Bernard Madoff apparently stole huge amounts of money in a Ponzi scheme that will have dramatic impact on many individuals and entities, and may even be of sufficient scope to have a perceptible impact on the economy at large. Today United States District Court Judge Gabriel Gorenstein reversed a magistrate judge's order detaining him before trial without bail, and set bail:
Federal District Judge Gabriel Gorenstein said Madoff, 70, must wear electronic monitoring, observe a 7 p.m-to-9 a.m. curfew and restrict his travel as conditions of his $10 million bail. He and wife Ruth were told to surrender their passports, and they put up their apartment, as well as homes in Montauk, Long Island, and Palm Beach, Fla., to guarantee the bail.
At The Corner, from which outrage occasionally emerges, I saw this:
A Despicable Decision [Larry Kudlow]
It was Federal District Judge Gabriel Gorenstein who released big-time, $50 billion scam-artist/fraud/crook Bernard Madoff. He is the one who did it. This ruling allows Madoff to stay out of jail, even though he couldn’t meet the original bail conditions that he provide four co-signers to his $10 million bond.
Write Judge Gorenstein. E-mail him. Call his office. (Contact info here.) Let him know what a terrible injustice he has done to every law-abiding citizen in this country, not to speak of the victims of this incredible fraud.
It is an outrage to me that Madoff is sitting back home in his $7 million Park Avenue pad after what he did to this country. What a joke. It is a complete and utter outrage.
Absent from Mr. Kudlow's outrage is any analysis of whether Judge Gorenstein's bail order comported with the rule of law.
In fact, it does. Bail decisions for people charged in federal court are governed by the Bail Reform Act of 1984. That statute is codified at 18 U.S.C. section 3141 et seq. The Bail Reform act requires federal courts to release criminal defendants on his or her own recognizance — or an unsecured appearance bond (basically, their own signature promising to appear, secured by their promise to pay money if they do not) unless the court finds that won't ensure that the person will appear and won't be a danger to the community. 18 U.S.C. section 3142(b) provides, in relevant part:
The judicial officer shall order the pretrial release of the person on personal recognizance, or upon execution of an unsecured appearance bond in an amount specified by the court, subject to the condition that the person not commit a Federal, State, or local crime during the period of release and subject to the condition that the person cooperate in the collection of a DNA sample from the person if the collection of such a sample is authorized pursuant to section 3 of the DNA Analysis Backlog Elimination Act of 2000 (42 U.S.C. 14135a), unless the judicial officer determines that such release will not reasonably assure the appearance of the person as required or will endanger the safety of any other person or the community.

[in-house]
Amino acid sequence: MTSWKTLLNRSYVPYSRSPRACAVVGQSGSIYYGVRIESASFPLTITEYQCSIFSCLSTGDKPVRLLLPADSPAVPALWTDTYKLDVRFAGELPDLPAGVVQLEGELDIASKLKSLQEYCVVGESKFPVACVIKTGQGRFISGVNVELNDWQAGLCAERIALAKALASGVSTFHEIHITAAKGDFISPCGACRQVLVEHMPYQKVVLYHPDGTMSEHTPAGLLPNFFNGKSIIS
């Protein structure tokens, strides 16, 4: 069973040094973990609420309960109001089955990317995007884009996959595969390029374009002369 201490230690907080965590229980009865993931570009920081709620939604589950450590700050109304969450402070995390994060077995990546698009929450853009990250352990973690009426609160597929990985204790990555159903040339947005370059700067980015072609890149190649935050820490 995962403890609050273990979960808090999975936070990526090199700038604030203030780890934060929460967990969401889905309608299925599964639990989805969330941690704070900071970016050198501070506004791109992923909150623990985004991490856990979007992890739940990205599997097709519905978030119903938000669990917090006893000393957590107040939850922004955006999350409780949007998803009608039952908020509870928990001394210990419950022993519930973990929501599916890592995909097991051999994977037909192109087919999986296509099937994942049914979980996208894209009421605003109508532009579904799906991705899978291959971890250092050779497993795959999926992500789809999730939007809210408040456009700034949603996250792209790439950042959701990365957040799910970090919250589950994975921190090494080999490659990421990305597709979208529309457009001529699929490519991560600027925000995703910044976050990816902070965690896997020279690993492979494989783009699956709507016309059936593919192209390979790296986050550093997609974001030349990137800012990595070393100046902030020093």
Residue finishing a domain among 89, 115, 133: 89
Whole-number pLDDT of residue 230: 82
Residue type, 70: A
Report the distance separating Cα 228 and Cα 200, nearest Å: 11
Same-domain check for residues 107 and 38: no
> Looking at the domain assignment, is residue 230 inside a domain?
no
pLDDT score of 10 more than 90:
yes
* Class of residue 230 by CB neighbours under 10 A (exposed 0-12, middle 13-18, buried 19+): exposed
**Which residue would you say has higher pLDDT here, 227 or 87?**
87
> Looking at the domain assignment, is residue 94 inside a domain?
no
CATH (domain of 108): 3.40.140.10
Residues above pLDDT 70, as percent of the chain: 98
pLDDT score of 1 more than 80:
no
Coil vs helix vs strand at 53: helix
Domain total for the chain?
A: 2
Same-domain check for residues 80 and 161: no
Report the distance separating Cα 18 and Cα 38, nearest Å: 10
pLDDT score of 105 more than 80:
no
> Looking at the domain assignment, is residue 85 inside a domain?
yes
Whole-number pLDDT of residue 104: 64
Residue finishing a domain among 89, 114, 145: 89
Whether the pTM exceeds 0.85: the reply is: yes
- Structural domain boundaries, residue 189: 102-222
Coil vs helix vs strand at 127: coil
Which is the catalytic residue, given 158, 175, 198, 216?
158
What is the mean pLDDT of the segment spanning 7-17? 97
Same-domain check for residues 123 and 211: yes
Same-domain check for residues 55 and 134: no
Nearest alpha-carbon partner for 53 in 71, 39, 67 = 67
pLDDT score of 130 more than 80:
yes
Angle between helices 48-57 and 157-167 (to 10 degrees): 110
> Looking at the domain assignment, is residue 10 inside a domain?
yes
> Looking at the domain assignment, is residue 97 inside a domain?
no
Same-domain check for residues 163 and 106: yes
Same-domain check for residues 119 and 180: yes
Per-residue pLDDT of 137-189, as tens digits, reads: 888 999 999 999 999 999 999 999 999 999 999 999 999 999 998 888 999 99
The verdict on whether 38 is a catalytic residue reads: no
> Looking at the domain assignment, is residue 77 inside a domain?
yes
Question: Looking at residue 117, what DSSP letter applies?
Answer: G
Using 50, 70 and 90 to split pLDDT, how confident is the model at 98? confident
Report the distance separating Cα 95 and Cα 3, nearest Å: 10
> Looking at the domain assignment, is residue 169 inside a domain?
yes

Otherwise, the court must release the defendant on a bond with conditions, unless the court finds that no combination of conditions (like bail amount, posting property, house arrest with electronic monitoring, surrender of passports, etc.) will ensure that the defendant will appear for trial and will not pose a danger to the community. Only then — if flight risk and danger cannot be addressed by conditions of release — may the judge detain the defendant before trial:
If, after a hearing pursuant to the provisions of subsection (f) of this section, the judicial officer finds that no condition or combination of conditions will reasonably assure the appearance of the person as required and the safety of any other person and the community, such judicial officer shall order the detention of the person before trial.
Now, it may be possible to criticize Judge Gorenstein's decision on the grounds that no combination of conditions can possibly assure that Madoff will show up for trial. I didn't see the evidence offered a the hearing, or read the Pretrial Services report, so I don't know. One might even argue that Madoff will be a continuing financial danger to the community, and that danger can't be addressed by conditions — though given the publicity about his scam, this seems unlikely. Those would be rational, law-based arguments.
But the argument that his release is outrageous because his crime is so heinous is an argument based on emotion, not law. The nature of the offense charged and the weight of the evidence are factors under 18 U.S.C. section 3142(g) in determining whether conditions can assure a defendant's appearance, but they are not the only factors.
Don't like it? Think that the law ought to permit detention of people accused of horrible crimes without reference to flight risk or danger to the community? Take it up with Congress. By releasing Madoff on strict conditions based on a flight risk analysis, the judge is applying the rule of law. Calling for people to telephone and email the judge to vent outrage based on a visceral disagreement with the release is the equivalent of encouraging people to vent their rage because the accused is being given a jury trial, or because the sentence permitted by the statute is not long enough, or because the elements of the crime as defined by the statute are insufficiently "tough." It's a permissible call for people to exercise their free speech rights, but it is also a naked appeal to anger at the expense of the rule of law. It's regrettable.
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